Manufacturing activity has shrunk again, and low numbers of new orders means there is unlikely to be a recovery for some months.
The Bank of New Zealand/Business New Zealand performance of manufacturing index stood at 45.7 in August, three points down from July.
A reading above 50 indicates manufacturing is expanding.
The index shows the economic squeeze has hit the sector for four consecutive months, equalling the longest period of decline in 2006.
Business New Zealand chief executive Phil O'Reilly is concerned a continued contraction in new orders will keep manufacturing in decline.
He says as the dollar, interest rates and fuel costs all move downwards, the sector will eventually return to a period of growth, but in the mean time the decline will continue for a few months.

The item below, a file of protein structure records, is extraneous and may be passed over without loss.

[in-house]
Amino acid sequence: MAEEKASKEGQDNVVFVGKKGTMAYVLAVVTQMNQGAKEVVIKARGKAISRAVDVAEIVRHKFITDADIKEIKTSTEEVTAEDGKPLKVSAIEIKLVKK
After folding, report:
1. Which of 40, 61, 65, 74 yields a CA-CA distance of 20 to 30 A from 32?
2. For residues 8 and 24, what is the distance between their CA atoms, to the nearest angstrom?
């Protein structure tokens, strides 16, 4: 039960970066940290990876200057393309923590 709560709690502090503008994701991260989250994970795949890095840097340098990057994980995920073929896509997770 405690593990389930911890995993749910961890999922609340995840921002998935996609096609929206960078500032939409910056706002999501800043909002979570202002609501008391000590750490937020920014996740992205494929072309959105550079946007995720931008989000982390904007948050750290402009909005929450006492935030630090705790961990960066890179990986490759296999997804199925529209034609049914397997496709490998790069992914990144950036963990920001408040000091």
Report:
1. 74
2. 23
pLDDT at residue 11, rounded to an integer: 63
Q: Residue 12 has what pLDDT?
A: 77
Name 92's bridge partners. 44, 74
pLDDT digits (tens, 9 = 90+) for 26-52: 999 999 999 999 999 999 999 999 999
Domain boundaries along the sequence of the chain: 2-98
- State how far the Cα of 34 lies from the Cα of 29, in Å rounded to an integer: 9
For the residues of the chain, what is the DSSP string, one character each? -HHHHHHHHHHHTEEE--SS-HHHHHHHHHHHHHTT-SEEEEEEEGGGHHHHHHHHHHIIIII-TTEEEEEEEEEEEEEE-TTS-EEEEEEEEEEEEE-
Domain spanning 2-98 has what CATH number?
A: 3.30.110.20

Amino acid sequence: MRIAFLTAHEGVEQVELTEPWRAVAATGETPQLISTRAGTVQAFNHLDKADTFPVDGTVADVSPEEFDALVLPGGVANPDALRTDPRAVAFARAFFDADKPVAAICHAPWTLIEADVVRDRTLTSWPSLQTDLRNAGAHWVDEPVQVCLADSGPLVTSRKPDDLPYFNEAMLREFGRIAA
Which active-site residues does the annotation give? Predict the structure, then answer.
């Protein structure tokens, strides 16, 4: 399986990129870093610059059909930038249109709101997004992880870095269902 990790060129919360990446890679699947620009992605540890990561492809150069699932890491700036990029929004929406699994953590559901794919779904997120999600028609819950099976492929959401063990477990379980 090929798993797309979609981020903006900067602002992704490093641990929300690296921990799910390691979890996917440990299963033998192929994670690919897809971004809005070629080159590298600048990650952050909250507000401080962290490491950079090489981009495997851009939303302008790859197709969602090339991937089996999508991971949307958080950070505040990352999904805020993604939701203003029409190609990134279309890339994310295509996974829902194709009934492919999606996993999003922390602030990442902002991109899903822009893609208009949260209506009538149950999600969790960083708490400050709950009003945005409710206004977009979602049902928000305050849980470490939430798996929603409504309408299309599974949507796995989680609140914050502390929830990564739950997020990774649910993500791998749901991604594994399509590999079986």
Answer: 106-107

Bank of New Zealand head of research Stephen Toplis also says the domestic economy, including the construction sector, is not going to recover particularly quickly.
"When you look at the manufacturing exporters, our trading partners look under increasing duress, and so while the currency has moved favourably for us, the demand profile is weakening. I think they're in for a bit of a testing time."
Stephen Toplis says the Reserve Bank's cut in the official cash rate on 11 September by half a percentage point to 7.5% will not rescue manufacturing from its decline.